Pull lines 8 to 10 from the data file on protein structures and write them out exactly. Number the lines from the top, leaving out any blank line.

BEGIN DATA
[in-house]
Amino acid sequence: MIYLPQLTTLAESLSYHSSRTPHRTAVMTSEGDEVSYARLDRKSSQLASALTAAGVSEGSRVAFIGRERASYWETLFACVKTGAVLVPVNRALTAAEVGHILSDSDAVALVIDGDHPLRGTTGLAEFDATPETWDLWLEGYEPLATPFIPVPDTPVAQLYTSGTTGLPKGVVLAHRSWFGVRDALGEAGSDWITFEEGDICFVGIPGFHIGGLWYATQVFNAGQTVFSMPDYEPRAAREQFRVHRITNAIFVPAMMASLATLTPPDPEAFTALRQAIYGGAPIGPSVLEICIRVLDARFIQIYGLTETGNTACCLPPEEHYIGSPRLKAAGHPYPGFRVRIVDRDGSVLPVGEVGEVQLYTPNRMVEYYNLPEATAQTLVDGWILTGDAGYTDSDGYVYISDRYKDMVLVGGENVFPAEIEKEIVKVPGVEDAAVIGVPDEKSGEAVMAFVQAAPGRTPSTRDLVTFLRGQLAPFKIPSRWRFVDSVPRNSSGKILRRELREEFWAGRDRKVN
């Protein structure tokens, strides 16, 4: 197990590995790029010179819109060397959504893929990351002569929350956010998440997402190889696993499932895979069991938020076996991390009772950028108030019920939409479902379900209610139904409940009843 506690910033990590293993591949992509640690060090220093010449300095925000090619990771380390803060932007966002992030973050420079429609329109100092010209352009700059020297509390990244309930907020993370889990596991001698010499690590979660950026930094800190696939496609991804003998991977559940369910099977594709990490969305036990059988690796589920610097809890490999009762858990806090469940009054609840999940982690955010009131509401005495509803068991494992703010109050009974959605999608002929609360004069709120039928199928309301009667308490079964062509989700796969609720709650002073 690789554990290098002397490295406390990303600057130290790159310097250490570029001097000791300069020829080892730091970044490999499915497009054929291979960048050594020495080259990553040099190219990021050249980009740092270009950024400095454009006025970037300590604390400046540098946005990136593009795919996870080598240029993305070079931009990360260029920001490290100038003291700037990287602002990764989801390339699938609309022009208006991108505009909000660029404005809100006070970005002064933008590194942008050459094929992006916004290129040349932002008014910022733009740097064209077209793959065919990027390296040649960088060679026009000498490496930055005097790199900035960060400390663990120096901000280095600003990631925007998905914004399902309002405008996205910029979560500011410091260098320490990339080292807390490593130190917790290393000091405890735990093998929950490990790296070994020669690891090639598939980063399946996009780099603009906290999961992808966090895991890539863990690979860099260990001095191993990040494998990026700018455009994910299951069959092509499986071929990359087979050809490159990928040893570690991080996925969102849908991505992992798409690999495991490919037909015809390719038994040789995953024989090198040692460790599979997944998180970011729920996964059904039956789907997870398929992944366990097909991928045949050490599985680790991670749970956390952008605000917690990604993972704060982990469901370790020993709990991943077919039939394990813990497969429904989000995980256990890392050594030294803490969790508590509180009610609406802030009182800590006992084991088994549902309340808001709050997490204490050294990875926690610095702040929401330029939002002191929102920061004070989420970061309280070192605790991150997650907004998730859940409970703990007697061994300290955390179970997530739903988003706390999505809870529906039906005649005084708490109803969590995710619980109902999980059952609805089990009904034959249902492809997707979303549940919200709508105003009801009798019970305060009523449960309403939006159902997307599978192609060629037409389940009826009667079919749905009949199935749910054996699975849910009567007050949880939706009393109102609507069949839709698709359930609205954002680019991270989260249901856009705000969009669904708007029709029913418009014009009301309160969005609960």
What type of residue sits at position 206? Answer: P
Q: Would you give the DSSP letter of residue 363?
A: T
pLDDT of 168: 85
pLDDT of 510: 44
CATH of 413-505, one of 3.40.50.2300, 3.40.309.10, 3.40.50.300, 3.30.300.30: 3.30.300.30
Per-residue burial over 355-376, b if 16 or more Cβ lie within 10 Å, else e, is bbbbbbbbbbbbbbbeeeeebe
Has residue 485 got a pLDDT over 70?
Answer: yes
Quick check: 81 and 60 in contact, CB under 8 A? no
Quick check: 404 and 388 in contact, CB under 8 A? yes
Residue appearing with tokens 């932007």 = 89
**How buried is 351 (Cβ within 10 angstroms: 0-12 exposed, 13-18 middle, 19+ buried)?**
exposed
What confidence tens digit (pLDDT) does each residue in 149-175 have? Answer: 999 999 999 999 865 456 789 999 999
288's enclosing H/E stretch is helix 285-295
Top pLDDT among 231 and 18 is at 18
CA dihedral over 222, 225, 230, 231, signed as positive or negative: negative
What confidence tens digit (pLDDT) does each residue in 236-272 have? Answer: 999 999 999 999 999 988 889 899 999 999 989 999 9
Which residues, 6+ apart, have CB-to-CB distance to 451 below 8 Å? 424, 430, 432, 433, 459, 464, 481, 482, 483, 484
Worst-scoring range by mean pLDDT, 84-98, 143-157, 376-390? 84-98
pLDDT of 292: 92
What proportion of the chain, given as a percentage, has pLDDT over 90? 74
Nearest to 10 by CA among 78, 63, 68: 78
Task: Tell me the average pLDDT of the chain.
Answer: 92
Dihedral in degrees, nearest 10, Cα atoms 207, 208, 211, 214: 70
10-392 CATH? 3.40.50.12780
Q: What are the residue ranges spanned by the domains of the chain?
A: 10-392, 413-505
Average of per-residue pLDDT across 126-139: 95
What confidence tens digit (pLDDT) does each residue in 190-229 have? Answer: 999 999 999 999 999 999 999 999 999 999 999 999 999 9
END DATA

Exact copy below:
pLDDT of 510: 44
CATH of 413-505, one of 3.40.50.2300, 3.40.309.10, 3.40.50.300, 3.30.300.30: 3.30.300.30
Per-residue burial over 355-376, b if 16 or more Cβ lie within 10 Å, else e, is bbbbbbbbbbbbbbbeeeeebe